image

If you select that Microsoft Intune PowerShell and scroll down to the bottom of the screen that is displayed, you can select a link View granted permissions as shown above.

image

You will then see all the permission granted to that user for accessing the Graph. You can also remove these if you ever want to as well here.

Having access to Intune and Autopilot via PowerShell will make automating device management much easier.

End to End email protection with Microsoft 365–Part 4

This is part of a series of articles about email security in Microsoft 365. Please check out previous articles here:

End to End email protection with Microsoft 365 – Part 1

End to End email protection with Microsoft 365 – Part 2

End to End email protection with Microsoft 365 – Part 3

These articles are based on a model I have previously created, which you can read about here:

CIAOPS Cyber protection model

designed to help better explain expansive security included with Microsoft 365.

In previous parts, we covered how an external email was delivered into the Microsoft 365 service and all the protections that it passed through until it finally came to rest in the Data container (user’s inbox) ready to be viewed. The next step in the process will therefore for the user to fire up their device to read the email. This article will therefore focus on the protections available for that device.

For the sake of simplicity we’ll focus on that being a modern device running at least a Windows 10 Professional. Of course, email from Microsoft 365 can be viewed on just about any devices these days, Windows or not, and all of these have unique and overlapping protections. However for the sake of brevity let’s just focus on the more common Windows 10 device for now.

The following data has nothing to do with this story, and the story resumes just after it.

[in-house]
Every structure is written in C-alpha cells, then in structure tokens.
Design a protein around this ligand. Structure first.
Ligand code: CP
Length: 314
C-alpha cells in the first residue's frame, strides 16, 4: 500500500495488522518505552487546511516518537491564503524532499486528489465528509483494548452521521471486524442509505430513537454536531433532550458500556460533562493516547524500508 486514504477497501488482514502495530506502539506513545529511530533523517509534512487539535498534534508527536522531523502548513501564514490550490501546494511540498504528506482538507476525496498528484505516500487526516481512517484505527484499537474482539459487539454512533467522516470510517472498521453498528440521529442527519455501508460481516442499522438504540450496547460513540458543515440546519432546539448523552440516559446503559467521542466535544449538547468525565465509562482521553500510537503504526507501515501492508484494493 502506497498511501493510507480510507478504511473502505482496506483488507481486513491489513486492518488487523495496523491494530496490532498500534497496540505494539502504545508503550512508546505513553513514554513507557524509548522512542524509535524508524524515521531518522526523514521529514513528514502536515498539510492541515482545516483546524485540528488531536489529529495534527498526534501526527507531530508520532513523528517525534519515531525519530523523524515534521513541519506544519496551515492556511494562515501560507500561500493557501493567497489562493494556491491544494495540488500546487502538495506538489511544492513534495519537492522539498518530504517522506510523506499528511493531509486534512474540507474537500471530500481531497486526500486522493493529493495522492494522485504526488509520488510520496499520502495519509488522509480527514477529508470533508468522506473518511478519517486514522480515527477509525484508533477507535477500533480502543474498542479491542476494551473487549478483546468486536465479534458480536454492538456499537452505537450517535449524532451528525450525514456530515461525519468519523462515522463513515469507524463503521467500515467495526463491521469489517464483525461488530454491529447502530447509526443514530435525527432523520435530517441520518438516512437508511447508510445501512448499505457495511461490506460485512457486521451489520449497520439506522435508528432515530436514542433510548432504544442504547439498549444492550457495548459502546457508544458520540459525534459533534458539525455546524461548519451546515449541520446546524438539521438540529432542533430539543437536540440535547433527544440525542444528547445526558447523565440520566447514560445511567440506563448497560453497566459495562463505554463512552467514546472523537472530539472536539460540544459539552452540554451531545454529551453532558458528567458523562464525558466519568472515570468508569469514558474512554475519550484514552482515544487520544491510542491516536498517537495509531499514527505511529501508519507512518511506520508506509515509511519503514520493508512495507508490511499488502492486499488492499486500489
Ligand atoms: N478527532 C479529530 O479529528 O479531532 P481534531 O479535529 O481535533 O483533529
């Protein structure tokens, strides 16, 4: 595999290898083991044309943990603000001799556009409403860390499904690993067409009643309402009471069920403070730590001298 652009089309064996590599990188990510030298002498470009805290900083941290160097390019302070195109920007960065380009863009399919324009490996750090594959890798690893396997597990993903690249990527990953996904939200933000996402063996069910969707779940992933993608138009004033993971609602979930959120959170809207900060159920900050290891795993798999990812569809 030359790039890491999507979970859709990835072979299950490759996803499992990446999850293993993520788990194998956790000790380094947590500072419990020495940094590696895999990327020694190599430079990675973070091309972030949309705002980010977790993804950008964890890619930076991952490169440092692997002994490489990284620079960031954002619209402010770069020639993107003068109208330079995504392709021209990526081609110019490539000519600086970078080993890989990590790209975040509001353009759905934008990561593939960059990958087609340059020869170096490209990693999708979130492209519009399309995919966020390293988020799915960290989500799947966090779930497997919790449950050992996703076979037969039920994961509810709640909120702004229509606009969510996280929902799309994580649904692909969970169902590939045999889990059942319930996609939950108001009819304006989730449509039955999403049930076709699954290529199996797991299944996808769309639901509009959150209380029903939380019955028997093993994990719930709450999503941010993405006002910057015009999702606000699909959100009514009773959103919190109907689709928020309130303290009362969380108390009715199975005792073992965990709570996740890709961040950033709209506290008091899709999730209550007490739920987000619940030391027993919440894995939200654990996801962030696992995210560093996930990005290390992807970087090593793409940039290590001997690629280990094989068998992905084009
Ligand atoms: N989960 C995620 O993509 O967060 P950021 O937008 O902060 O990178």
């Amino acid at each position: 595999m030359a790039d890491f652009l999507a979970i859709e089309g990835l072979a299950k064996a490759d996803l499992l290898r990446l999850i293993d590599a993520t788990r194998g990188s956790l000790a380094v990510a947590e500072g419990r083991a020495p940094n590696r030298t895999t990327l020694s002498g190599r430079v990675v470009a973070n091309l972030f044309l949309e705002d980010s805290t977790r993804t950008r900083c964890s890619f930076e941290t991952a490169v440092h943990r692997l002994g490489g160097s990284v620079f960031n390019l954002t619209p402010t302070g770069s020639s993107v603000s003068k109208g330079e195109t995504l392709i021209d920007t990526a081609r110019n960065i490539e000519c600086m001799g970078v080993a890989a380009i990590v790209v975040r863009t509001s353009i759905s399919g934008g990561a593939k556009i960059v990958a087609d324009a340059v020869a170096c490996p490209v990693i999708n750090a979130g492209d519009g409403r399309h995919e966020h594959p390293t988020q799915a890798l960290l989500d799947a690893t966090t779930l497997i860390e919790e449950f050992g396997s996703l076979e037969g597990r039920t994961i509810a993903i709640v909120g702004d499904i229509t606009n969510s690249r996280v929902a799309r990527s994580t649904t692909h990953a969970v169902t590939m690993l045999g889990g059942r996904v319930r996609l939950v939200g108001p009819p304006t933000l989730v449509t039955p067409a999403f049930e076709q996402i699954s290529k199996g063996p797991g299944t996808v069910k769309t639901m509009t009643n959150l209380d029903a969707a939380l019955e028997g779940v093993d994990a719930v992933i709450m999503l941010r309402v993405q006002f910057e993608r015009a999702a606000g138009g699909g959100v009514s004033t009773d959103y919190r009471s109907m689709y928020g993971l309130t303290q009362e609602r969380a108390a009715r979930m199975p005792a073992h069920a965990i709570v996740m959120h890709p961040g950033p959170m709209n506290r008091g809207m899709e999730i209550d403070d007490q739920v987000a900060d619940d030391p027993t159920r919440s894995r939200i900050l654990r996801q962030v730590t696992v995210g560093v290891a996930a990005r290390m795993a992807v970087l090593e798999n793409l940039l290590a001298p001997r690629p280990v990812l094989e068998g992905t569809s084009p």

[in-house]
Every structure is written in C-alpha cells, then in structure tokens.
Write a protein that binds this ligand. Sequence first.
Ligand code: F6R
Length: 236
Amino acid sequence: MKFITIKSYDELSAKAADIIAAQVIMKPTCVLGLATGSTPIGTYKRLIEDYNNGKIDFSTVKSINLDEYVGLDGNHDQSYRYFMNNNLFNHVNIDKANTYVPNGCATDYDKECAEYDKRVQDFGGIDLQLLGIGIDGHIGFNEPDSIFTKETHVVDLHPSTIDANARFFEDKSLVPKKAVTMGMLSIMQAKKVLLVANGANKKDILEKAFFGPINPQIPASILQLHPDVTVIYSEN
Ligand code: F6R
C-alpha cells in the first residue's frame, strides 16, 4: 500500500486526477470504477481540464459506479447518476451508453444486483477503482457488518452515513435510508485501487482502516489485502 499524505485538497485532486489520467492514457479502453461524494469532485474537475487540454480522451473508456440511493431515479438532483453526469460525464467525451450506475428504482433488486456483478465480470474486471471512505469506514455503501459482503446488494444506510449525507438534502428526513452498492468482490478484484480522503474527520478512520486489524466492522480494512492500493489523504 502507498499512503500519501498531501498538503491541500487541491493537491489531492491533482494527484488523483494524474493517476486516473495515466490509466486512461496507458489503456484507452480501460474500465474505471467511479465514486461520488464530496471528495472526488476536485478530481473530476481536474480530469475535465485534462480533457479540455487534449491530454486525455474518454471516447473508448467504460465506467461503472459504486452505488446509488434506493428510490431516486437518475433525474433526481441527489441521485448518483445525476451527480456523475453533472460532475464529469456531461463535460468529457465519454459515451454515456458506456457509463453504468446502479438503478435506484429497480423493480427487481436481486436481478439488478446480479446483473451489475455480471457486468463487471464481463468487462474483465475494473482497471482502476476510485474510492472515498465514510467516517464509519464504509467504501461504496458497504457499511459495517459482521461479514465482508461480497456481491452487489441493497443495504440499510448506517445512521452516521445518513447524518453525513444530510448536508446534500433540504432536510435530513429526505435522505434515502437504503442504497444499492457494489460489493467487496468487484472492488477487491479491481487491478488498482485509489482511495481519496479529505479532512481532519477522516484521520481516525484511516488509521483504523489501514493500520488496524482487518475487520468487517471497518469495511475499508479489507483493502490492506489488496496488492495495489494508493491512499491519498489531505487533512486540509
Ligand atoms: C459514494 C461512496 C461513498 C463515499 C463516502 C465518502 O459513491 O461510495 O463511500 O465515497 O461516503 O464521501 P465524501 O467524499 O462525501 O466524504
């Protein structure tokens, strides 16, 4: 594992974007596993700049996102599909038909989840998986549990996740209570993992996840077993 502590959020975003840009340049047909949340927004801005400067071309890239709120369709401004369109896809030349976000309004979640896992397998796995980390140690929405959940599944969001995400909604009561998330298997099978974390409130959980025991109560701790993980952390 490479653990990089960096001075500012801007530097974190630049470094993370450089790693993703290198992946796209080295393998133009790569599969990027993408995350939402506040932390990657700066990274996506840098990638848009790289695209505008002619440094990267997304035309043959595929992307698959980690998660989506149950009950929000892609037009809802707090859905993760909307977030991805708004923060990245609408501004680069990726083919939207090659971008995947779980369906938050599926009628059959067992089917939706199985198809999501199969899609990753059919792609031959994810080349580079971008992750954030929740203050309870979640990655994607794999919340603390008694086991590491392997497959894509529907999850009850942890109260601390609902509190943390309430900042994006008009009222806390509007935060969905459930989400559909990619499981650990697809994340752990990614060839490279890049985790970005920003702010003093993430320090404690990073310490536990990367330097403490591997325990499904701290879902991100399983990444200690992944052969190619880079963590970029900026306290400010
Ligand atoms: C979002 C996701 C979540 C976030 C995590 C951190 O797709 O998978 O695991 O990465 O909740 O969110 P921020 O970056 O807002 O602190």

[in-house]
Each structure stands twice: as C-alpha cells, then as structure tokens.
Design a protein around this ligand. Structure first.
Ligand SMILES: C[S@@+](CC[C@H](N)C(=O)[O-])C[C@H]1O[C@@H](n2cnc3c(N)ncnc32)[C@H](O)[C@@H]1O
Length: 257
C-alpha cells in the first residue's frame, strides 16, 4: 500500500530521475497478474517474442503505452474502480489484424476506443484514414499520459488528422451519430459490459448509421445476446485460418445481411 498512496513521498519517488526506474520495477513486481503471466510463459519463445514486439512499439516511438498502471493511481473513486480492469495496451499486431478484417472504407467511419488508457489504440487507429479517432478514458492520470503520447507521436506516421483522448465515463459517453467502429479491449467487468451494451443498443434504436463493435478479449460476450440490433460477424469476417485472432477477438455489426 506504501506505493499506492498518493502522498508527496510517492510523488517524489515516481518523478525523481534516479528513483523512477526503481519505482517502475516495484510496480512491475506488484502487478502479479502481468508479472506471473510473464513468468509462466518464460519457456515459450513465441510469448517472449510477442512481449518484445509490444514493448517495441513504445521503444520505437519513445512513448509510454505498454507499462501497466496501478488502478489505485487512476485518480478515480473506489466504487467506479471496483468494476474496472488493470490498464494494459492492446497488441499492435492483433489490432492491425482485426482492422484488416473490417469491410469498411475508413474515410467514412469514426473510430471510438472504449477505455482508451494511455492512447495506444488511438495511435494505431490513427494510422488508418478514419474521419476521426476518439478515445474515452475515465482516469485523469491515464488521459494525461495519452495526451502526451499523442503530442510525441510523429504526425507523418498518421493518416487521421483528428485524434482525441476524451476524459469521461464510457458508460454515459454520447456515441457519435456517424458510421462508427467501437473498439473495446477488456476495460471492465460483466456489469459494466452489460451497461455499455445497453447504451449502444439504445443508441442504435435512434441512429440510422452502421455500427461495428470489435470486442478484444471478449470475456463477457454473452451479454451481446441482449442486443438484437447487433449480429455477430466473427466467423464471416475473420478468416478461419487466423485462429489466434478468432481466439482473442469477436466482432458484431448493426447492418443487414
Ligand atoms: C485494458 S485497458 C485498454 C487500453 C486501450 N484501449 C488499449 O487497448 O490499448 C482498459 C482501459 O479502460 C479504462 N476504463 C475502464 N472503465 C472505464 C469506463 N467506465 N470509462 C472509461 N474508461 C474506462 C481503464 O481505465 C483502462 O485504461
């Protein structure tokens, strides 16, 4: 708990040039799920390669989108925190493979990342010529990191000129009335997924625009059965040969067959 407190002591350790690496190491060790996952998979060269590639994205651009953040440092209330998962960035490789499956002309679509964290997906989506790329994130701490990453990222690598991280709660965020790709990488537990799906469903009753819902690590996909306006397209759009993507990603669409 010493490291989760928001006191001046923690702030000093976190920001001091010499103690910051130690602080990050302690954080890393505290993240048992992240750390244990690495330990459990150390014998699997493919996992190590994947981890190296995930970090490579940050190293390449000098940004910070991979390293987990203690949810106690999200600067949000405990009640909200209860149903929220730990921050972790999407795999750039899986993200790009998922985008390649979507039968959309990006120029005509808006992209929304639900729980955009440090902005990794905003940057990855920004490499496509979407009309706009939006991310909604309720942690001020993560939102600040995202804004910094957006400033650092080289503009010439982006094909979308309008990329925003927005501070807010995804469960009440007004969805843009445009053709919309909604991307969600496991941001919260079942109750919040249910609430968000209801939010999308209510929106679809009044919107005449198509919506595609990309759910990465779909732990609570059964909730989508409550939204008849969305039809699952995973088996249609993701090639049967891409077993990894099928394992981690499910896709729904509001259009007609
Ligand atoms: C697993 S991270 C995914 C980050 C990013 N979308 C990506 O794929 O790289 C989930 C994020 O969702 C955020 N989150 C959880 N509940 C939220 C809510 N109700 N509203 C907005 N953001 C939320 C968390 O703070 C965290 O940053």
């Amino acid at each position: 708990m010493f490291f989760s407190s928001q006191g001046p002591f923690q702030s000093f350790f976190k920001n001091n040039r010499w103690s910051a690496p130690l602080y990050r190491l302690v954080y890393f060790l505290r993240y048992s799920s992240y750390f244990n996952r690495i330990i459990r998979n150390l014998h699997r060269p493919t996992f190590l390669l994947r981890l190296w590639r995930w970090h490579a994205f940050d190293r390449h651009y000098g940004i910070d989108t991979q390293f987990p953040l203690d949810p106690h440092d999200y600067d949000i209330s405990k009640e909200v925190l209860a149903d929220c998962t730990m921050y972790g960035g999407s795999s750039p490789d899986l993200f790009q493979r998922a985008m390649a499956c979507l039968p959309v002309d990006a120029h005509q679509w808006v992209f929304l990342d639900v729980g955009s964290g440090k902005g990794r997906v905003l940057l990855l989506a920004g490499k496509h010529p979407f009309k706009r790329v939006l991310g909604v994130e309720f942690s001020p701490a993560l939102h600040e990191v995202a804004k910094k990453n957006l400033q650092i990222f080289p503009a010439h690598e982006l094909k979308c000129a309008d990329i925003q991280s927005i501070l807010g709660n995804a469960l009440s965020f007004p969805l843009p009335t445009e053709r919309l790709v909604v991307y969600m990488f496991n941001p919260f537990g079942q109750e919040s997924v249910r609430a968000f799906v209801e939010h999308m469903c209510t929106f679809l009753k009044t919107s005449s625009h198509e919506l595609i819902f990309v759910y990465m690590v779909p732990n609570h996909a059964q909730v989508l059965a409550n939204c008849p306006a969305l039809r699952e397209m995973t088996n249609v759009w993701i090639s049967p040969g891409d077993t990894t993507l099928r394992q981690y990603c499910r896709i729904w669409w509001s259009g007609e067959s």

A range of hardware device protection is available and recommended including:

and should already be in place to protect the device.

We will also assume that the Windows device is fully up to date

How to keep your Windows computer up to date

The device in question should also already live inside the Device container as shown in the above model. This is largely achieved thanks to being joined to Azure Active Directory (AD):

Azure AD joined devices

Join your work device to your organization’s network

Tutorial: Join a new Windows 10 device with Azure AD during a first run

When that device is turned on we want it to complete the:

Secure Windows boot process

Once the machine has booted and before the user has logged into the machine, thanks to being Azure AD joined, Microsoft Endpoint device policies have already been pushed and implemented on that machine per:

Manage device security with endpoint security policies in Microsoft Intune

Such policies could be enforcing disk encryption, implementing Attack Surface Reduction (ASR) and so on.

Importantly, you can also enforce device compliance policies to ensure devices meet a security standard before they are allowed to access any data:

Use compliance policies to set rules for devices you manage

All of this is achieved via:

Microsoft Endpoint Manager

which I have also written a whole series of articles to help provide a better understanding of the role that it plays with device security. You can read these articles here:

Modern Device Management with Microsoft 365 Business Premium–Part 1 of 10